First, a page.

The barriers disabled folks face when navigating these bike lanes and their surrounding areas reveal the ways that this lack of representation in policy making leads to inequitable outcomes.
Similarly, municipal policy tends to conceptualize accessibility goals and environmental goals as separate objectives. This distinction is somewhat misguided given the fact that both goals overlap in their desire to make Vancouver a safer and more liveable city for everyone.
Karl Farrell, a member of the National Federation of the Blind of the UK says that “decades worth of [accessibility] work from advocates shouldn’t disappear in the name of sustainability” , especially when the two go hand in hand.
The Future of Disability-Friendly Cycling Lanes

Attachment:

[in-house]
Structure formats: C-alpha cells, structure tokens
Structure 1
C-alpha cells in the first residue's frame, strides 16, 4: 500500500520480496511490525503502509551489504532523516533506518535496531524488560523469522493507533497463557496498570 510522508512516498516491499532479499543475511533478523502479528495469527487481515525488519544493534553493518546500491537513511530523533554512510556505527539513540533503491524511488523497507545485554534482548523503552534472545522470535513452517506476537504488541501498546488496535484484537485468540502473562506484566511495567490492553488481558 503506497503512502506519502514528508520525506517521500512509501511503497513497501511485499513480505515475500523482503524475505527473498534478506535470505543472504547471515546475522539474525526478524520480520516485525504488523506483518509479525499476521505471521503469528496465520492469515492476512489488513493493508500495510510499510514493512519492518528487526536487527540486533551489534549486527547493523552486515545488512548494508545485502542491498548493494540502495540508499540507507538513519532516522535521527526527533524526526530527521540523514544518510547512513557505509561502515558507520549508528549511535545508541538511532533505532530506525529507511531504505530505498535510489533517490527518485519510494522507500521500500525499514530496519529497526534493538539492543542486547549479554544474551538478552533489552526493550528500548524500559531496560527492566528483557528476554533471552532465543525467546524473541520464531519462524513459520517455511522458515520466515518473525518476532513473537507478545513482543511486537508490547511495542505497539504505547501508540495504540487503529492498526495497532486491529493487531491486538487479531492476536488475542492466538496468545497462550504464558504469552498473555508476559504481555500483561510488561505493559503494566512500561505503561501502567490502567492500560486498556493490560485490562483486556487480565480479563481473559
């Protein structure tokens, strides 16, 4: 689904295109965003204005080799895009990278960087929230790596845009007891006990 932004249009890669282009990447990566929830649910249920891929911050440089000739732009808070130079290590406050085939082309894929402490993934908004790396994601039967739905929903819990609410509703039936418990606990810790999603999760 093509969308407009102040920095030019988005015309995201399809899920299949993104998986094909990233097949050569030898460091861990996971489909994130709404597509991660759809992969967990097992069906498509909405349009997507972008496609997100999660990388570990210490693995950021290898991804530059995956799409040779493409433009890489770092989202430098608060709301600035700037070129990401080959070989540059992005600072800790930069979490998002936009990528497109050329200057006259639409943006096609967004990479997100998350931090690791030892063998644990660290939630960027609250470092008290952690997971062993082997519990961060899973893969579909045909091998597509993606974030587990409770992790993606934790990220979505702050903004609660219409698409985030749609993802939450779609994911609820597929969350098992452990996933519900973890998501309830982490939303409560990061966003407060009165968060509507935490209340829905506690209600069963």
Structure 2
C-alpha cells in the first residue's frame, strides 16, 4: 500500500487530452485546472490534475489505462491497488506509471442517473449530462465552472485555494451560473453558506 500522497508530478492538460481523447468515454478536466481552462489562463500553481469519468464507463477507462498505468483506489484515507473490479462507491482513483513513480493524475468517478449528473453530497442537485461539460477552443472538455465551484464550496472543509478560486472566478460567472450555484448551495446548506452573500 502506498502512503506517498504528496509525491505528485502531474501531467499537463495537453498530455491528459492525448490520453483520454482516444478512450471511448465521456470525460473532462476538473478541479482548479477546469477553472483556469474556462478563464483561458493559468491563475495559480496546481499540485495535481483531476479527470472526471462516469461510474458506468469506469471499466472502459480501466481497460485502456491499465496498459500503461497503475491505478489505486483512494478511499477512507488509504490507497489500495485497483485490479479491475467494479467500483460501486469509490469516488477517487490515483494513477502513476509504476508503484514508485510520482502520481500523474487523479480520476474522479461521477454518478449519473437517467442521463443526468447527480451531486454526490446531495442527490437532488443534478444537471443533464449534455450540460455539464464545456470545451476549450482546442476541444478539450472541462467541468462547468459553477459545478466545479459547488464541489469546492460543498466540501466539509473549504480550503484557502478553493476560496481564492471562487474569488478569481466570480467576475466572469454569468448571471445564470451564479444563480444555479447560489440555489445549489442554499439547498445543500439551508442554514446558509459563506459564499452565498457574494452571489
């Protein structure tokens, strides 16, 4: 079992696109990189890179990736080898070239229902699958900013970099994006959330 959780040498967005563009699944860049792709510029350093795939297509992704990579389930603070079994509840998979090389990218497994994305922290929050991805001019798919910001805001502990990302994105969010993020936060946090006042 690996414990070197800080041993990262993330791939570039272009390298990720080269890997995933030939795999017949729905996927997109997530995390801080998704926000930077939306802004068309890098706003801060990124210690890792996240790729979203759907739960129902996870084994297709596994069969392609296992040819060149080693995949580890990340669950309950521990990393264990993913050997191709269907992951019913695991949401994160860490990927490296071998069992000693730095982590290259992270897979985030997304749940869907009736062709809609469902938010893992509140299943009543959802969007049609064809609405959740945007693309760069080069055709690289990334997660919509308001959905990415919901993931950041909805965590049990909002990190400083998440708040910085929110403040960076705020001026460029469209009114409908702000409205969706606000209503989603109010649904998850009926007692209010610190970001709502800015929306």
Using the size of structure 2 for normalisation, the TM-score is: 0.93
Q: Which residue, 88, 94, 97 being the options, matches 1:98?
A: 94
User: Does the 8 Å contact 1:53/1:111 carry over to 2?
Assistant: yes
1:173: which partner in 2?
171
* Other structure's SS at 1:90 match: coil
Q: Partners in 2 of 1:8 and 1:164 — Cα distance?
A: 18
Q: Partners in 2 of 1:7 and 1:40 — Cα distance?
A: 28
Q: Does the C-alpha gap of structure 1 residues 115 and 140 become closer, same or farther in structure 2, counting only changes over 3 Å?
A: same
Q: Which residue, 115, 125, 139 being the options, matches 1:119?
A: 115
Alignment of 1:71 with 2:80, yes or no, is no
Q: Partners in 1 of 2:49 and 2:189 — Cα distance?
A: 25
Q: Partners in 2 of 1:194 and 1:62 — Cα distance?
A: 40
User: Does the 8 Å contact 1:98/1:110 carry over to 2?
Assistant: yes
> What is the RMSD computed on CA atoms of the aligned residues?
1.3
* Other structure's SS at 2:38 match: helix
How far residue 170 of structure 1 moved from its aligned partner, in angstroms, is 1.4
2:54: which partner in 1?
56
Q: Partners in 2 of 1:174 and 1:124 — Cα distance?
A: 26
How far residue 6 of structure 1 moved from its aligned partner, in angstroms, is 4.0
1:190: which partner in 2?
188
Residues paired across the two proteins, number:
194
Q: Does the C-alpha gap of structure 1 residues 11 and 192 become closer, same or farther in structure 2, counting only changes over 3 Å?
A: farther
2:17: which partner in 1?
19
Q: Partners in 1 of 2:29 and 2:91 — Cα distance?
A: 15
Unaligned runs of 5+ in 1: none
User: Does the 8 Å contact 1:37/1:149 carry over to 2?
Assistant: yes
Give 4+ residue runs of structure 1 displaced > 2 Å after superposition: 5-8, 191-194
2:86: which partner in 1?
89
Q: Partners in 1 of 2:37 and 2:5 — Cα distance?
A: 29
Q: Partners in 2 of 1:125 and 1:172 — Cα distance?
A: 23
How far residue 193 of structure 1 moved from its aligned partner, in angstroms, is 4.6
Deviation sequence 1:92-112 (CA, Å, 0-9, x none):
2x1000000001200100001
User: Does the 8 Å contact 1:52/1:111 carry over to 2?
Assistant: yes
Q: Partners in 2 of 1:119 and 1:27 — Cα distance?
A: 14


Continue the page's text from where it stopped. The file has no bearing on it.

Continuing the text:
The inaccessibility of contemporary bike lanes indicates the crucial need to design urban spaces with and for folks with disabilities. Whether for exercise, leisure, or simply as a means of getting from point A to point B, cycling lanes should be accessible to all regardless of ability. The following resources may aid in the creation of more disability-friendly cycling lanes:
Natco Urban Bikeway Design Guide (https://nacto.org/publication/urban-bikeway-design-guide/bike-lanes/) This resource provides a blueprint and toolkit for the construction of accessible cycling lanes.
Hub Cycling Inaccessibility Report Guide (https://bikehub.ca/resources/reporting-issues-to-local-governments) This resource provides information on who to contact when reporting accessibility barriers related to cycling.